President Donald Trump has come in for a fair amount of criticism for his perceived failure to achieve many of his campaign promises in the 100-day deadline he set himself (and now denies, but that’s another issue).
Implementation of a case against China as a currency manipulator and building the U.S.-Mexico border wall has given way to the greater pragmatism of coercing China to put pressure on North Korea with both carrot and stick incentives, and of a “last minute” retraction of a supposed imminent announcement to withdraw from the North American Free Trade Agreement (NAFTA) last month as a precursor to talks down the line.
The Economist, as usual, gives an impartial and balanced assessment of events in two recent articles. The first reports that although the president has not been able to implement much of the headline objectives, the combination of executive orders, tweets and off-the-cuff announcements have set in motion a number of significant developments.
Pulling out of the Trans-Pacific Partnership (TPP) gave a clear message from day one that here was a president who meant what he said — that you took all the bluster as hot air at your peril. The very uncertainty in his lack of planned policy and spur-of-the-moment reaction to events has put trade partners, friends and enemies alike on uncertain ground — not a bad negotiating position to force on the other side, if you see all interaction as a negotiation.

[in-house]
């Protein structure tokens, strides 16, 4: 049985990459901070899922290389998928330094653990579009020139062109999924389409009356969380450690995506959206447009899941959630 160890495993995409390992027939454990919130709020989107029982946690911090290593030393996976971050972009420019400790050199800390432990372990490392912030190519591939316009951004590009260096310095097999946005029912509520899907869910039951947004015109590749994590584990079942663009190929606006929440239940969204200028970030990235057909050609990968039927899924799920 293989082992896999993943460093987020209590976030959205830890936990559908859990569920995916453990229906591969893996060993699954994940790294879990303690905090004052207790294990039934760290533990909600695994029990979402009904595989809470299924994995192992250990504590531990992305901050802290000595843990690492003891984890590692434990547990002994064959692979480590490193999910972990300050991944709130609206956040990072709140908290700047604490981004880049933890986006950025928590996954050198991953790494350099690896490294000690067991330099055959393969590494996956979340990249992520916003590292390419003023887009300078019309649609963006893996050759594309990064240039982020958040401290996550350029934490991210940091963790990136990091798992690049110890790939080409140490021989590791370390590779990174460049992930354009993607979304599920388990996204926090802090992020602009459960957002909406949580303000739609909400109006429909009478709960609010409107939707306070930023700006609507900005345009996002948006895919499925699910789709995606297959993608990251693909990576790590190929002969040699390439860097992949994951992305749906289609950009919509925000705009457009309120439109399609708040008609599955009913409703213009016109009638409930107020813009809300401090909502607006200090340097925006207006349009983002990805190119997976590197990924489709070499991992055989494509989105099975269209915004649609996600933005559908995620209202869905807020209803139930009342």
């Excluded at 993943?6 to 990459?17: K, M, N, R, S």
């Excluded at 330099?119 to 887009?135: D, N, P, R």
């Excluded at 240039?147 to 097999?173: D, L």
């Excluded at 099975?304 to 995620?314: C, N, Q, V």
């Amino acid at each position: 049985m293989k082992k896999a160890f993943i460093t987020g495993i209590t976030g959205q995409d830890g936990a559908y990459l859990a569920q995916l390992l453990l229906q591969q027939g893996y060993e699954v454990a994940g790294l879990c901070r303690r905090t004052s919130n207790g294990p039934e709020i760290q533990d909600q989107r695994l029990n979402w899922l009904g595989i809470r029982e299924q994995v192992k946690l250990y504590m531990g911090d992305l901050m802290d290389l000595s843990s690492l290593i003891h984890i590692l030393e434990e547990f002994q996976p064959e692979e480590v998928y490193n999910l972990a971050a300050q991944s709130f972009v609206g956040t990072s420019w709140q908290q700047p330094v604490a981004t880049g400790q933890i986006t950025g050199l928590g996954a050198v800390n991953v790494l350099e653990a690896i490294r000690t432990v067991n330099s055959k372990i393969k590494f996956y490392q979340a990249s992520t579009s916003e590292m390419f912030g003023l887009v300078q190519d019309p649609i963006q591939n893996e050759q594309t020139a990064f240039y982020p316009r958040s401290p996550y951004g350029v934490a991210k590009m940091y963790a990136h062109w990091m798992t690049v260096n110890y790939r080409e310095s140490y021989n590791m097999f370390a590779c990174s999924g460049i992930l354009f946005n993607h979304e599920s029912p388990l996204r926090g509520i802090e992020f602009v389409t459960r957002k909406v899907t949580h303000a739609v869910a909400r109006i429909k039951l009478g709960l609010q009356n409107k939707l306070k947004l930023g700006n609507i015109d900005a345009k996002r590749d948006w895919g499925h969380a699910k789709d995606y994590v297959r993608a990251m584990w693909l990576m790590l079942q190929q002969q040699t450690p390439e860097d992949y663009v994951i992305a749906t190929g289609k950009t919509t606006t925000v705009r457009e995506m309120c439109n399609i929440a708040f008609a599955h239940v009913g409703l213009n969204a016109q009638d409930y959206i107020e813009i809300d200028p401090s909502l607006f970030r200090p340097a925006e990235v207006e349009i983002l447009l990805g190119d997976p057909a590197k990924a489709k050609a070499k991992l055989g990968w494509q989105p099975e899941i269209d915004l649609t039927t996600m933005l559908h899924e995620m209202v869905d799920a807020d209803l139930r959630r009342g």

More significantly, the U.S. has started an investigation into whether steel imports are a threat to national security and followed up with a similar probe, announced late last month, into aluminium imports. Trade negotiators at home and abroad are said to be aghast at the former leader of the rules-based trading system and a major backer of the World Trade Organization completely shunning the system it created and resorting to obscure legislation to achieve the president’s promises.
China hasn’t exactly caved in to junking north Korea. But China is at least now saying the right things and making token gestures such as halting coal exports, though trade is up between the two countries in most other areas.
Following early tweets and announcements that the president was willing to pull out of the North American Treaty Organization (NATO), Europe has scrambled to promise greater financial commitment to mutual defence and begun more serious efforts at modernising and integrating its military capabilities, after years of talk and little result.
The second article focuses on how the administration has more recently turned its attention to NAFTA. While not reneging on the agreement, it has issued a 40-point plan of issues it wants renegotiated, while the U.S. Department of Commerce imposed preliminary duties averaging 20% on imports of Canadian softwood lumber, revisiting an old chestnut that has been a source of dispute on and off for decades.
The U.S. is also revisiting a long running complaint with Canada about the way it manages the dairy industry and protects local producers with a system of quotas and tariffs, contrary to the spirit of NAFTA. You can be sure Canada is taking U.S. intentions more seriously than previous complaints, if for no other reason than they just don’t know what the president’s response would be if he couldn’t paint the outcome as a “great deal for America.”
Sophisticated and nuanced it may not be, but effective it may yet prove to be.